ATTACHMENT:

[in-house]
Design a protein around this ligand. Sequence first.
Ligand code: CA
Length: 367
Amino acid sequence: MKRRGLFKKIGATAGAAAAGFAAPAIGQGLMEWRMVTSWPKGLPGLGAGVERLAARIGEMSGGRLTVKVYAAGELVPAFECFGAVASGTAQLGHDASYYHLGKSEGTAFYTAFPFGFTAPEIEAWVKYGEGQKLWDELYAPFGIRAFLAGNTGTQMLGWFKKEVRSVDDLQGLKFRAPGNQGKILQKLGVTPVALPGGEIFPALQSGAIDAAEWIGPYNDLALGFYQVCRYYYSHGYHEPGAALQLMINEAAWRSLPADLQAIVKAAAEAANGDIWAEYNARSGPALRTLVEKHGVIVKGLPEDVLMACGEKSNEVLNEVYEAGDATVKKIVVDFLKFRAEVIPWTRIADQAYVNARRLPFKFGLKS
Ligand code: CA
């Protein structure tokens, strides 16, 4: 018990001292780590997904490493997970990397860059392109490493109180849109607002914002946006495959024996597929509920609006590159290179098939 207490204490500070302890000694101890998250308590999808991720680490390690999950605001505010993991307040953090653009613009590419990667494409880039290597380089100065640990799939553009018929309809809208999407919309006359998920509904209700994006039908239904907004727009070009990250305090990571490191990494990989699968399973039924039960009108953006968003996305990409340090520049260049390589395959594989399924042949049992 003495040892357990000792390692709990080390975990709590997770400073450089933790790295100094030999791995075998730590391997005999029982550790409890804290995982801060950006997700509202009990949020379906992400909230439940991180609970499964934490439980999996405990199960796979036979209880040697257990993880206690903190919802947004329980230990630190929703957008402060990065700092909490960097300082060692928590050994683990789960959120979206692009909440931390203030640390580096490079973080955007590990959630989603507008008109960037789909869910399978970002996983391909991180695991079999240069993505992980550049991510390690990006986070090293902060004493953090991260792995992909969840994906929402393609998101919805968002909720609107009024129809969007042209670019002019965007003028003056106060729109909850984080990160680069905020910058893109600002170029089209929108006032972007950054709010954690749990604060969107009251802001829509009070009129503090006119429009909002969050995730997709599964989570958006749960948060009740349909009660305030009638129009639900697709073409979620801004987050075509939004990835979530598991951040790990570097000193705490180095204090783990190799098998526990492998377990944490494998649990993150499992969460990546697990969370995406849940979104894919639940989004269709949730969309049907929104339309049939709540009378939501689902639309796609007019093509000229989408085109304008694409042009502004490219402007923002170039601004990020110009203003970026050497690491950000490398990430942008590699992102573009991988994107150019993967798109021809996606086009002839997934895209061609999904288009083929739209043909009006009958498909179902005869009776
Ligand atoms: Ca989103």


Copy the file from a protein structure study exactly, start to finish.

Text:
[in-house]
Design a protein around this ligand. Sequence first.
Ligand code: CA
Length: 367
Amino acid sequence: MKRRGLFKKIGATAGAAAAGFAAPAIGQGLMEWRMVTSWPKGLPGLGAGVERLAARIGEMSGGRLTVKVYAAGELVPAFECFGAVASGTAQLGHDASYYHLGKSEGTAFYTAFPFGFTAPEIEAWVKYGEGQKLWDELYAPFGIRAFLAGNTGTQMLGWFKKEVRSVDDLQGLKFRAPGNQGKILQKLGVTPVALPGGEIFPALQSGAIDAAEWIGPYNDLALGFYQVCRYYYSHGYHEPGAALQLMINEAAWRSLPADLQAIVKAAAEAANGDIWAEYNARSGPALRTLVEKHGVIVKGLPEDVLMACGEKSNEVLNEVYEAGDATVKKIVVDFLKFRAEVIPWTRIADQAYVNARRLPFKFGLKS
Ligand code: CA
């Protein structure tokens, strides 16, 4: 018990001292780590997904490493997970990397860059392109490493109180849109607002914002946006495959024996597929509920609006590159290179098939 207490204490500070302890000694101890998250308590999808991720680490390690999950605001505010993991307040953090653009613009590419990667494409880039290597380089100065640990799939553009018929309809809208999407919309006359998920509904209700994006039908239904907004727009070009990250305090990571490191990494990989699968399973039924039960009108953006968003996305990409340090520049260049390589395959594989399924042949049992 003495040892357990000792390692709990080390975990709590997770400073450089933790790295100094030999791995075998730590391997005999029982550790409890804290995982801060950006997700509202009990949020379906992400909230439940991180609970499964934490439980999996405990199960796979036979209880040697257990993880206690903190919802947004329980230990630190929703957008402060990065700092909490960097300082060692928590050994683990789960959120979206692009909440931390203030640390580096490079973080955007590990959630989603507008008109960037789909869910399978970002996983391909991180695991079999240069993505992980550049991510390690990006986070090293902060004493953090991260792995992909969840994906929402393609998101919805968002909720609107009024129809969007042209670019002019965007003028003056106060729109909850984080990160680069905020910058893109600002170029089209929108006032972007950054709010954690749990604060969107009251802001829509009070009129503090006119429009909002969050995730997709599964989570958006749960948060009740349909009660305030009638129009639900697709073409979620801004987050075509939004990835979530598991951040790990570097000193705490180095204090783990190799098998526990492998377990944490494998649990993150499992969460990546697990969370995406849940979104894919639940989004269709949730969309049907929104339309049939709540009378939501689902639309796609007019093509000229989408085109304008694409042009502004490219402007923002170039601004990020110009203003970026050497690491950000490398990430942008590699992102573009991988994107150019993967798109021809996606086009002839997934895209061609999904288009083929739209043909009006009958498909179902005869009776
Ligand atoms: Ca989103």